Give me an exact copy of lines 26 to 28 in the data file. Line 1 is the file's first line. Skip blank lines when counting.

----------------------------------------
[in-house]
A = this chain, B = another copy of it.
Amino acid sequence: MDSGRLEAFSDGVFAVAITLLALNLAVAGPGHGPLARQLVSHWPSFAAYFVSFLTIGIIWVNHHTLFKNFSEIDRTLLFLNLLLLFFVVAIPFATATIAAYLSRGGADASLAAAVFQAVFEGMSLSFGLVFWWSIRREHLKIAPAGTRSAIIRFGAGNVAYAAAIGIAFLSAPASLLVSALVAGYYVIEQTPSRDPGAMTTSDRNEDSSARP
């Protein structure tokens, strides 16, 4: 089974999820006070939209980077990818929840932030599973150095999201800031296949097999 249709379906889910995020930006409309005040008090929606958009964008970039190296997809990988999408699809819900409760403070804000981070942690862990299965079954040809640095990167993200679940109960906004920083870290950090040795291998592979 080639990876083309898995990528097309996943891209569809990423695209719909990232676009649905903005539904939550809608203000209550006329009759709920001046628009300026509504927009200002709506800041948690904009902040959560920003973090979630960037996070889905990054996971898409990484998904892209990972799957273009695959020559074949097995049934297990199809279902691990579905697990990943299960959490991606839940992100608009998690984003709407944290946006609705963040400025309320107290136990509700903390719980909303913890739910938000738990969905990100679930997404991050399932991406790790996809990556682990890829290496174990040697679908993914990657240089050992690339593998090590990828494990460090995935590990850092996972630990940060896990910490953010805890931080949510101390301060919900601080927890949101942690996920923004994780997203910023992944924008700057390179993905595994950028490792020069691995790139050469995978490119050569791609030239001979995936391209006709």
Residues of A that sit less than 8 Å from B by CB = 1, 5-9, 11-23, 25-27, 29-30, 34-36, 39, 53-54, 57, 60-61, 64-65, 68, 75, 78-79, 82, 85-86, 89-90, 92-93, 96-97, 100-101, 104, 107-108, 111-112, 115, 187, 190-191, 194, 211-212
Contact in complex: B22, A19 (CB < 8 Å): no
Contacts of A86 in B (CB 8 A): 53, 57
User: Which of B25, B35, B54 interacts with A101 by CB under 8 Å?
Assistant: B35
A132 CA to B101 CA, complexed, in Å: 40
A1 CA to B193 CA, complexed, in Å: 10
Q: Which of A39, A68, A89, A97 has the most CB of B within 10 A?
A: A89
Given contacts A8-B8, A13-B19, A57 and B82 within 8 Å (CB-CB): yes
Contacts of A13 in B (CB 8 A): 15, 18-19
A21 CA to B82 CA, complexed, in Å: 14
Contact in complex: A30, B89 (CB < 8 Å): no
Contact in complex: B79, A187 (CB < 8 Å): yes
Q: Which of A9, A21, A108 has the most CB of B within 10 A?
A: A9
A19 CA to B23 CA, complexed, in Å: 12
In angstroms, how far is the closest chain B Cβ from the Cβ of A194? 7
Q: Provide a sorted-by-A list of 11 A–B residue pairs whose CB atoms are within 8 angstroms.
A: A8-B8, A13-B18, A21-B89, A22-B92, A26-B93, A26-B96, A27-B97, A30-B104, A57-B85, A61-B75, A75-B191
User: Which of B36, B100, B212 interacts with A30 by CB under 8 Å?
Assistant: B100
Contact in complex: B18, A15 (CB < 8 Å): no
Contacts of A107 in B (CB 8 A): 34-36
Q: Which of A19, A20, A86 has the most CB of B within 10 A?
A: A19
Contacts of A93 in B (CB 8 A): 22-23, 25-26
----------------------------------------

Assistant: B100
Contact in complex: B18, A15 (CB < 8 Å): no
Contacts of A107 in B (CB 8 A): 34-36